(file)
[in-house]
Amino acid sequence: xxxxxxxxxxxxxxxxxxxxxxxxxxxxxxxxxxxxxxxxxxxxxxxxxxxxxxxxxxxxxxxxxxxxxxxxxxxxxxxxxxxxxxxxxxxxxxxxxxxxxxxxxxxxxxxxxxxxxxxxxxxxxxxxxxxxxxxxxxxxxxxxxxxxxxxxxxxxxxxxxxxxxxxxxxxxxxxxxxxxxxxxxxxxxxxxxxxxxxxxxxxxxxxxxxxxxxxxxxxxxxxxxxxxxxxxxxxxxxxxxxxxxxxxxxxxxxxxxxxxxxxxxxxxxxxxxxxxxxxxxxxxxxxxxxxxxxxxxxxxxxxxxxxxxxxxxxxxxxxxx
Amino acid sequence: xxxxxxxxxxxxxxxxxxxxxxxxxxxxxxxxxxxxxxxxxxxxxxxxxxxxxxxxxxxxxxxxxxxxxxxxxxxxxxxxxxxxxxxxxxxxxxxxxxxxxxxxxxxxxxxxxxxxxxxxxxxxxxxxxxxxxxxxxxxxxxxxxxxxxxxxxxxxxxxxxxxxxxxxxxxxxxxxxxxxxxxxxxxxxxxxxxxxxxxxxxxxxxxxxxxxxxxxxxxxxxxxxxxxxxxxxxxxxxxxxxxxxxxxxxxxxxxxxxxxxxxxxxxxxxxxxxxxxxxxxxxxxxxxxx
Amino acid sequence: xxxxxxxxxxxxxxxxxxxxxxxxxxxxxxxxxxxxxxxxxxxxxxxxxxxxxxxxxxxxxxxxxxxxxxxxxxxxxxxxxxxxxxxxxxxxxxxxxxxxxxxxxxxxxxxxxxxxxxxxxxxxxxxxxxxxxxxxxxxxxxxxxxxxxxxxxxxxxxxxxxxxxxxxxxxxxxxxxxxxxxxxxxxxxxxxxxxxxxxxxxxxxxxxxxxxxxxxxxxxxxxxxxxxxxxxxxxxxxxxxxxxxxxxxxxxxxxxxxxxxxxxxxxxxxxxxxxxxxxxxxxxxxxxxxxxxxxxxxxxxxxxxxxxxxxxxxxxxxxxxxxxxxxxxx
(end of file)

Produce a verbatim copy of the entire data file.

[in-house]
Amino acid sequence: xxxxxxxxxxxxxxxxxxxxxxxxxxxxxxxxxxxxxxxxxxxxxxxxxxxxxxxxxxxxxxxxxxxxxxxxxxxxxxxxxxxxxxxxxxxxxxxxxxxxxxxxxxxxxxxxxxxxxxxxxxxxxxxxxxxxxxxxxxxxxxxxxxxxxxxxxxxxxxxxxxxxxxxxxxxxxxxxxxxxxxxxxxxxxxxxxxxxxxxxxxxxxxxxxxxxxxxxxxxxxxxxxxxxxxxxxxxxxxxxxxxxxxxxxxxxxxxxxxxxxxxxxxxxxxxxxxxxxxxxxxxxxxxxxxxxxxxxxxxxxxxxxxxxxxxxxxxxxxxxx
Amino acid sequence: xxxxxxxxxxxxxxxxxxxxxxxxxxxxxxxxxxxxxxxxxxxxxxxxxxxxxxxxxxxxxxxxxxxxxxxxxxxxxxxxxxxxxxxxxxxxxxxxxxxxxxxxxxxxxxxxxxxxxxxxxxxxxxxxxxxxxxxxxxxxxxxxxxxxxxxxxxxxxxxxxxxxxxxxxxxxxxxxxxxxxxxxxxxxxxxxxxxxxxxxxxxxxxxxxxxxxxxxxxxxxxxxxxxxxxxxxxxxxxxxxxxxxxxxxxxxxxxxxxxxxxxxxxxxxxxxxxxxxxxxxxxxxxxxxx
Amino acid sequence: xxxxxxxxxxxxxxxxxxxxxxxxxxxxxxxxxxxxxxxxxxxxxxxxxxxxxxxxxxxxxxxxxxxxxxxxxxxxxxxxxxxxxxxxxxxxxxxxxxxxxxxxxxxxxxxxxxxxxxxxxxxxxxxxxxxxxxxxxxxxxxxxxxxxxxxxxxxxxxxxxxxxxxxxxxxxxxxxxxxxxxxxxxxxxxxxxxxxxxxxxxxxxxxxxxxxxxxxxxxxxxxxxxxxxxxxxxxxxxxxxxxxxxxxxxxxxxxxxxxxxxxxxxxxxxxxxxxxxxxxxxxxxxxxxxxxxxxxxxxxxxxxxxxxxxxxxxxxxxxxxxxxxxxxxx